1. If in the ward's best interest, the guardian files with the probate court having jurisdiction of the guardian and protective placement a written statement declaring the ward's domiciliary intent, subject to court approval, and
    2. If notice and opportunity to be heard are provided to all affected counties and parties. Notice shall be sent to the corporation counsel of each affected county by certified mail.

F. Admission of Non-Wisconsin Residents to Nursing Homes and Other Facilities.

For many years, it was often very difficult for persons living in other states to be admitted to nursing homes and other facilities in Wisconsin, particularly when they might later need community services. In 1997, the U.S. Court of Appeals in Chicago held that Wisconsin statutes imposed an unconstitutional barrier on disabled persons who wanted to be admitted to facilities in Wisconsin. See Bethesda Lutheran Homes v. State DHS and Jefferson County, August 21, 1997, 122 F.3rd 443, 7th Circuit.

In 2005, the Wisconsin Supreme Court issued a decision addressing similar issues in the case entitled In the Matter of the Guardianship of Jane E. P., July 7, 2005, reported at 2005 WI 106. The Supreme Court adopted specific procedures enabling guardians to transfer guardianship cases from other states (these are called "foreign guardianships") to Wisconsin courts, and to process petitions for protective placement of the guardians' wards into facilities for treatment in Wisconsin.

By passage of 2005 Wisconsin Act 387, the Wisconsin Legislature adopted (with slight modification) the July 7, 2005, decision of the Wisconsin Supreme Court in the Jane E.P. case cited above. These new statutes appear in sections 54.30(1), 54.34(3), and 54.38(1m), Wis. Stats. They are effective beginning December 1, 2006.

The petition for guardianship and protective placement in Wisconsin must include a certified copy of certain guardianship papers and other information from the court in the other state. These court procedures are quite complex. Wisconsin county agencies involved in cases of this nature should consult the County Corporation Counsel Office.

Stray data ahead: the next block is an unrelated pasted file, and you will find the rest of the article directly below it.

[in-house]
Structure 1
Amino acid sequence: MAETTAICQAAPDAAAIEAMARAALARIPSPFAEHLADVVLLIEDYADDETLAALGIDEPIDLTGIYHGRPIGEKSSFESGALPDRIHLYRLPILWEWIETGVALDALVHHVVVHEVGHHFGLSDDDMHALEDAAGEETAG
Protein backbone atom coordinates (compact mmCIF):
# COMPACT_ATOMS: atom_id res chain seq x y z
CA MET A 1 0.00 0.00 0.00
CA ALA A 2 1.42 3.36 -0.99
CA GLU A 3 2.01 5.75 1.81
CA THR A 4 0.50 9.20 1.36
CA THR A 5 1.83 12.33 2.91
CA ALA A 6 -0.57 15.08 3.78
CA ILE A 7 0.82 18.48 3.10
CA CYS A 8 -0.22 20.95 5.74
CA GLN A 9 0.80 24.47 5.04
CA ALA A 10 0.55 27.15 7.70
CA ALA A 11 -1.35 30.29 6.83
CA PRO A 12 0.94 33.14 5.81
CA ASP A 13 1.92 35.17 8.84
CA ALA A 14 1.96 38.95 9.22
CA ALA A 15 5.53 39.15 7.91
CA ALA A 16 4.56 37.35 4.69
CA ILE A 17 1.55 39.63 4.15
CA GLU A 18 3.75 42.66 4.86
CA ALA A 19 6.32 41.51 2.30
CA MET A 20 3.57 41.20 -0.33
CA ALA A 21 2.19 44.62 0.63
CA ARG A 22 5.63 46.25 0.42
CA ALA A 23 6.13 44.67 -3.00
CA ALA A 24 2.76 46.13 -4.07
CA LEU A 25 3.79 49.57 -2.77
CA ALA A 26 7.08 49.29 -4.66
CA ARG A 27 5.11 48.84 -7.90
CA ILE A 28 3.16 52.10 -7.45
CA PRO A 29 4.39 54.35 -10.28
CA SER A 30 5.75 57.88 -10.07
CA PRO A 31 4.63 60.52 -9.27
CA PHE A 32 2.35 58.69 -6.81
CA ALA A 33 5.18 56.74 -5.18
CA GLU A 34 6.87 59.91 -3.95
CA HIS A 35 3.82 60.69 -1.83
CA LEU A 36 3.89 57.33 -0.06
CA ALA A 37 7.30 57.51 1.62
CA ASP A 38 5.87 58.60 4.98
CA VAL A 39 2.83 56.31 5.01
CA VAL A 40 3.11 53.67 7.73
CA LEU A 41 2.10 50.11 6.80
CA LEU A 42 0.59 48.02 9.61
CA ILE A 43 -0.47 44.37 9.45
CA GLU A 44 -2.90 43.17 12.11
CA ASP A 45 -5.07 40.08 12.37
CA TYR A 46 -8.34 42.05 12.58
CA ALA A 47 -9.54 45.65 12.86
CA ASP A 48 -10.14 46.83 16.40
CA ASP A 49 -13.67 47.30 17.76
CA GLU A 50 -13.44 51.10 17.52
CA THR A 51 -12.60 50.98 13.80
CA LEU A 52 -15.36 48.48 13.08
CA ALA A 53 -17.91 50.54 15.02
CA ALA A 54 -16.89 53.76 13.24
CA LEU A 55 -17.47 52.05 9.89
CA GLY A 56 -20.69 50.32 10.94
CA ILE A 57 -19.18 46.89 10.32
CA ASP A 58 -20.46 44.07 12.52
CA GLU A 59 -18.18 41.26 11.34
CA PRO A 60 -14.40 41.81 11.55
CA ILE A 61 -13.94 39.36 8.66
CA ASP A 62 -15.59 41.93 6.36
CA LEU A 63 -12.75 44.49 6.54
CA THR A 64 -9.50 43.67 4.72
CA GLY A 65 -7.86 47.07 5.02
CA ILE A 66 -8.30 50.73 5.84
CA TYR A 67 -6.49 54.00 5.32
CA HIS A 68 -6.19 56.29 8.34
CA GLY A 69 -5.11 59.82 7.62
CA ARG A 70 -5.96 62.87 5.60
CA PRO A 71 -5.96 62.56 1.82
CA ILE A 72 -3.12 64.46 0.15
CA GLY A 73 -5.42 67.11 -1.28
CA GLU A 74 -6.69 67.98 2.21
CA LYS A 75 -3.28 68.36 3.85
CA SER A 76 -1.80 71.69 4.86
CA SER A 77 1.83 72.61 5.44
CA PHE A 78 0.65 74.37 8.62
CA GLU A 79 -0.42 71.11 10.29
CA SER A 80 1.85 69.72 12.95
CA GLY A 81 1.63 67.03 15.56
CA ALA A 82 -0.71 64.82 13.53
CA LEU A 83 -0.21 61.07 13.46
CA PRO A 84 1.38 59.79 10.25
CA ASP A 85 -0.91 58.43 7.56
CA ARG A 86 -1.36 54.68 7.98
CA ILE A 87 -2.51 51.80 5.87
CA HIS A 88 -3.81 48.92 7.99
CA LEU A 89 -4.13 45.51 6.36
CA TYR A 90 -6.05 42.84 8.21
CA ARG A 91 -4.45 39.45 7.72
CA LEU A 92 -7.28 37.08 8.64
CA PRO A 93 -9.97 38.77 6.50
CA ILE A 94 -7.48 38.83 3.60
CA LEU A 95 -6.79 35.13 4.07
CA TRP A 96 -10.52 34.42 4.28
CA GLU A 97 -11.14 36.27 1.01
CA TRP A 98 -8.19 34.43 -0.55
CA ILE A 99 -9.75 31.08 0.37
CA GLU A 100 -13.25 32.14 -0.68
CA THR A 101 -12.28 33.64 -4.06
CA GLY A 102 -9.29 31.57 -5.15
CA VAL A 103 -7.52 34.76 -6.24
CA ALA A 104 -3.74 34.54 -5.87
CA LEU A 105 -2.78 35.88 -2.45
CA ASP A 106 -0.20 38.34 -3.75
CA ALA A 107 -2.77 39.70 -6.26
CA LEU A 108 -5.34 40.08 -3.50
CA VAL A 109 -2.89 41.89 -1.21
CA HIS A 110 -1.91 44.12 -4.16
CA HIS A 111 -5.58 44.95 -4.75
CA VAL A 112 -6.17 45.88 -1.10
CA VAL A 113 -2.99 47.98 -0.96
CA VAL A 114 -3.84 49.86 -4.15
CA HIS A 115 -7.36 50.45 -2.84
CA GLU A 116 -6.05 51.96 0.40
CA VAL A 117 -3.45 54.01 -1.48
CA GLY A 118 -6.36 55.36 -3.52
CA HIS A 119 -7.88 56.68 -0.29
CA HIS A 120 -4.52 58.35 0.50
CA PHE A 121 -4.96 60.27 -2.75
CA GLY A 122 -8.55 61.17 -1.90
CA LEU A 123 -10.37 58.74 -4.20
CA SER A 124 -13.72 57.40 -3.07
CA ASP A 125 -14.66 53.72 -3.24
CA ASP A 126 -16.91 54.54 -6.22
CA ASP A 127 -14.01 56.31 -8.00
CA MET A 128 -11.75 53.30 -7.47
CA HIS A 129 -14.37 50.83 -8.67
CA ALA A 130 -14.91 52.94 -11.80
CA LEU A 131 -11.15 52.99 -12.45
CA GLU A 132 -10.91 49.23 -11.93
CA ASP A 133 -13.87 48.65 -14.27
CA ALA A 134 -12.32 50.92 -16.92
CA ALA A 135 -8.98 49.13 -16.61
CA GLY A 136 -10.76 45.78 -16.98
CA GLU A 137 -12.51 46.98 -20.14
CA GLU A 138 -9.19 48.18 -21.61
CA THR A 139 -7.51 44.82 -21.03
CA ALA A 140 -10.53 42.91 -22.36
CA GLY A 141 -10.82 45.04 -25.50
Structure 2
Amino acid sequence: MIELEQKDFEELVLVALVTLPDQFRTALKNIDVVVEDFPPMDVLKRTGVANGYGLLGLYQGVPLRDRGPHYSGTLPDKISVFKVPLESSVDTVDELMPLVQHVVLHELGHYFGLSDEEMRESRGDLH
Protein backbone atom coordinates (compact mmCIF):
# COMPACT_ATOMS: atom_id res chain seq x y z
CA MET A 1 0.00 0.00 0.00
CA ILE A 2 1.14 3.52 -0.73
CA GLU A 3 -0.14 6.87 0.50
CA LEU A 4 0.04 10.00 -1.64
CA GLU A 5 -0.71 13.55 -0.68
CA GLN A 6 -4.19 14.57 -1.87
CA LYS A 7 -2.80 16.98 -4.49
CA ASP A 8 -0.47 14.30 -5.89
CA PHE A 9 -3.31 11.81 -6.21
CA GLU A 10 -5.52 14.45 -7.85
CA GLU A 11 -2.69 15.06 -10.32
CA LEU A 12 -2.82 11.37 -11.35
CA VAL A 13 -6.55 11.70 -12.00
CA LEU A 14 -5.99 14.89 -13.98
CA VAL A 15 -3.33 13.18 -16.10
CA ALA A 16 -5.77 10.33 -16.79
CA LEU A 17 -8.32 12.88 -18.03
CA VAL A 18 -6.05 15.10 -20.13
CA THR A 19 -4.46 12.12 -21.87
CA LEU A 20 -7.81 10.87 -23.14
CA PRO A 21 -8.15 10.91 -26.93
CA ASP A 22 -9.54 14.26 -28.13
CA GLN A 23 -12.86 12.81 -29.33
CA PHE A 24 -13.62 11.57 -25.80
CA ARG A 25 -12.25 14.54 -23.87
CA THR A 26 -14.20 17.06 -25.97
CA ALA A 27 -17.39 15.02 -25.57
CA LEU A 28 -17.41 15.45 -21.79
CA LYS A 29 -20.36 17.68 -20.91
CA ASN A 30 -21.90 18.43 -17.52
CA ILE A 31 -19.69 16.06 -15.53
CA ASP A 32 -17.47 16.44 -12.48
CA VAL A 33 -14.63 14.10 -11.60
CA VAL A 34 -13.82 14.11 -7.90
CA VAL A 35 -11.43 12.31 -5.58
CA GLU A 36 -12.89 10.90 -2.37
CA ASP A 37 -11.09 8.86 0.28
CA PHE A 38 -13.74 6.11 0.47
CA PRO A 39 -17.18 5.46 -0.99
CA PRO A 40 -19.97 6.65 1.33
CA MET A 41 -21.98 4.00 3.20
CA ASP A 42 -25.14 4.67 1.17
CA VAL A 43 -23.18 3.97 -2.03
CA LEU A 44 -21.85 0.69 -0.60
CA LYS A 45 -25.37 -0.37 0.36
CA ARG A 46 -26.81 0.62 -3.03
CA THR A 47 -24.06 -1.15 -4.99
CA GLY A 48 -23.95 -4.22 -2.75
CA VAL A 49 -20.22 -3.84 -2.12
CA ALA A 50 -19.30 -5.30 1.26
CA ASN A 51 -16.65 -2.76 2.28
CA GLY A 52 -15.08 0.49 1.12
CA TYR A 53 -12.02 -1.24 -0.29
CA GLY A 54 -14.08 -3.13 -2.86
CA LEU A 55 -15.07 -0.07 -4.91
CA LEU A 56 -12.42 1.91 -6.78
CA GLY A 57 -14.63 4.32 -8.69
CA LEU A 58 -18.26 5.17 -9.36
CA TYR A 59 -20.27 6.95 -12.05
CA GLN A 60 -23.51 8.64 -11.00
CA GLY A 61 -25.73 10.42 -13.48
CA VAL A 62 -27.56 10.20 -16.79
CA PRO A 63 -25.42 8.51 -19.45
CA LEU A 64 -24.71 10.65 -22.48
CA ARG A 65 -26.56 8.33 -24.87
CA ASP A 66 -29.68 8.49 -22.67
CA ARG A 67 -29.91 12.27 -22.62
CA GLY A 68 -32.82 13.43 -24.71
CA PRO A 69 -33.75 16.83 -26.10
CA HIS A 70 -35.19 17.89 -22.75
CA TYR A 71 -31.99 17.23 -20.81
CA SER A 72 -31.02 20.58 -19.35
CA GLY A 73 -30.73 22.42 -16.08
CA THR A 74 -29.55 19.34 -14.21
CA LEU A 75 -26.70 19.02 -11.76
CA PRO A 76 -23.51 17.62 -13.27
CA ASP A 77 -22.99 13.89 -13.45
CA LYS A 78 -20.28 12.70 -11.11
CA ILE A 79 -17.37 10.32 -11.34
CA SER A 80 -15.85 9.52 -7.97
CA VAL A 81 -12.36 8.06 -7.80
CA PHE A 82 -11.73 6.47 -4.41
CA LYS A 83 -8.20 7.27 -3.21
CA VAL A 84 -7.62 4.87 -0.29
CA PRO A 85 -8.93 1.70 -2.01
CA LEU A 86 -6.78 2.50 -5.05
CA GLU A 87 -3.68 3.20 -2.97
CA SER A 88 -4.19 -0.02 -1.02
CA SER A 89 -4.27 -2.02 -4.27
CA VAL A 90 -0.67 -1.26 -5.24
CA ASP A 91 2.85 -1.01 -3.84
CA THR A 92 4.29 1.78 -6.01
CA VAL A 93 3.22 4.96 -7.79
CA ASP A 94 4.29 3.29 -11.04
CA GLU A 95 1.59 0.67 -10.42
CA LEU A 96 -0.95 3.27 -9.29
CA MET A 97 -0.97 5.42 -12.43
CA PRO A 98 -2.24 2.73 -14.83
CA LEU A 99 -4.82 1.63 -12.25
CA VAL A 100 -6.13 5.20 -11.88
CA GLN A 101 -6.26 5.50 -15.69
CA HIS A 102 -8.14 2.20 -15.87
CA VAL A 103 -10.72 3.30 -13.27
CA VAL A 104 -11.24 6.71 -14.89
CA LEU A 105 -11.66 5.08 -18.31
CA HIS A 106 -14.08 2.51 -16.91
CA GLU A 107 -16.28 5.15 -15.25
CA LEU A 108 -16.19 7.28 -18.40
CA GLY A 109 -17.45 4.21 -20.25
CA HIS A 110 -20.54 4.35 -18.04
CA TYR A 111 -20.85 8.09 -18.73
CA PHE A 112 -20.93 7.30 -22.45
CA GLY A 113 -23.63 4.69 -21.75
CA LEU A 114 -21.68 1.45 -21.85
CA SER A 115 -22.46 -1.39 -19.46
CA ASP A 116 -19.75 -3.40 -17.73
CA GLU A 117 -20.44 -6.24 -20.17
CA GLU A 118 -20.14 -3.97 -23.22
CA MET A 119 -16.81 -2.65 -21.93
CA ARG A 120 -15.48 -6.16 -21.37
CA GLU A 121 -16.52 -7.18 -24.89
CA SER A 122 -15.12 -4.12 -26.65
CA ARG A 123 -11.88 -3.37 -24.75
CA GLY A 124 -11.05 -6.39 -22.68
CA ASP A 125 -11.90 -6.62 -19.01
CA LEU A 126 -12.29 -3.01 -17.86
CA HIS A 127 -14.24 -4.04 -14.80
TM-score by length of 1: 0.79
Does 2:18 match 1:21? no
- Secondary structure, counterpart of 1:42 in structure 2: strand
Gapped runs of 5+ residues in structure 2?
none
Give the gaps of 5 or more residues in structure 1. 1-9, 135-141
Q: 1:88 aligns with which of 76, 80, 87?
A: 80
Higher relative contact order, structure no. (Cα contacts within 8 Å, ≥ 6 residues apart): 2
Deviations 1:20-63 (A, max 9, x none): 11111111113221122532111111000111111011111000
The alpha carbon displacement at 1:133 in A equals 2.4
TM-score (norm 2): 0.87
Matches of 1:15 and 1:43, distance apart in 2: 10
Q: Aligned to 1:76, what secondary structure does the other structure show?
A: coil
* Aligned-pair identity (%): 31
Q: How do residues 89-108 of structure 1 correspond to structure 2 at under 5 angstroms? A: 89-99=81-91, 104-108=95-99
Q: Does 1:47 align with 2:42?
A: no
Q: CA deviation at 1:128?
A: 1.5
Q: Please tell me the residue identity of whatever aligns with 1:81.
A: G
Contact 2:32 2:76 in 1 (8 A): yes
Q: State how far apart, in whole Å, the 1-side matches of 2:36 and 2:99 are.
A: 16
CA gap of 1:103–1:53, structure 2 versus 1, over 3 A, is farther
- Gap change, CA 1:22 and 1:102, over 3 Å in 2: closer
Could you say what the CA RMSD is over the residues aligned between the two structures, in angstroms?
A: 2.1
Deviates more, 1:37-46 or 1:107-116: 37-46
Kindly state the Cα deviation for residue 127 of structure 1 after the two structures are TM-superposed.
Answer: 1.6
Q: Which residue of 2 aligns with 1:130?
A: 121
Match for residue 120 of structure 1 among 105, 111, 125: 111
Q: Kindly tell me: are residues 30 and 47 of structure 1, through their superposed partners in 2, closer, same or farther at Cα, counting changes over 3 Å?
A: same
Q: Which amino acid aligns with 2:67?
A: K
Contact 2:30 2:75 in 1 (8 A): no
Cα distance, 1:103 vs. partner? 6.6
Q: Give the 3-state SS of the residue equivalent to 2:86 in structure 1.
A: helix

Wisconsin County Departments of Human Services, Social Service, Community Programs and Development Disabilities Services should accept, consider, and approve requests from non-Wisconsin residents on the same basis, and apply the same clinical and programmatic criteria, as residents of the county when considering approval of admissions to ICF's-MR, IMD's and nursing homes under ss. 50.04(2r), Stats. (Originally published in INFO MEMO 97-19).

The DHS has also established policy and funding for non-Wisconsin residents who are placed under a Chapter 51.15, Emergency Detention, in an approved psychiatric inpatient program. Please refer to DDES Numbered Memo 2002-19 for further instructions on the handling of these cases and the application for funding.

IV. MECHANISMS TO RESOLVE DISPUTES

A. Informal Mechanisms

  1. Counties must first attempt to resolve residency disputes informally.
  2. In lieu of submitting a contested matter to the Division of Disability and Elder Services (DDES), counties may agree to submit the matter to a peer review group composed of three other county directors. Each disputing county shall select one county for the review group and those two shall select the third. These directors shall review the dispute and make a binding decision. The decision shall be transmitted to the DDES Administrator. Any cost related to the peer review process shall be charged to the county determined to be responsible under this procedure.

B. Formal Residency Request Process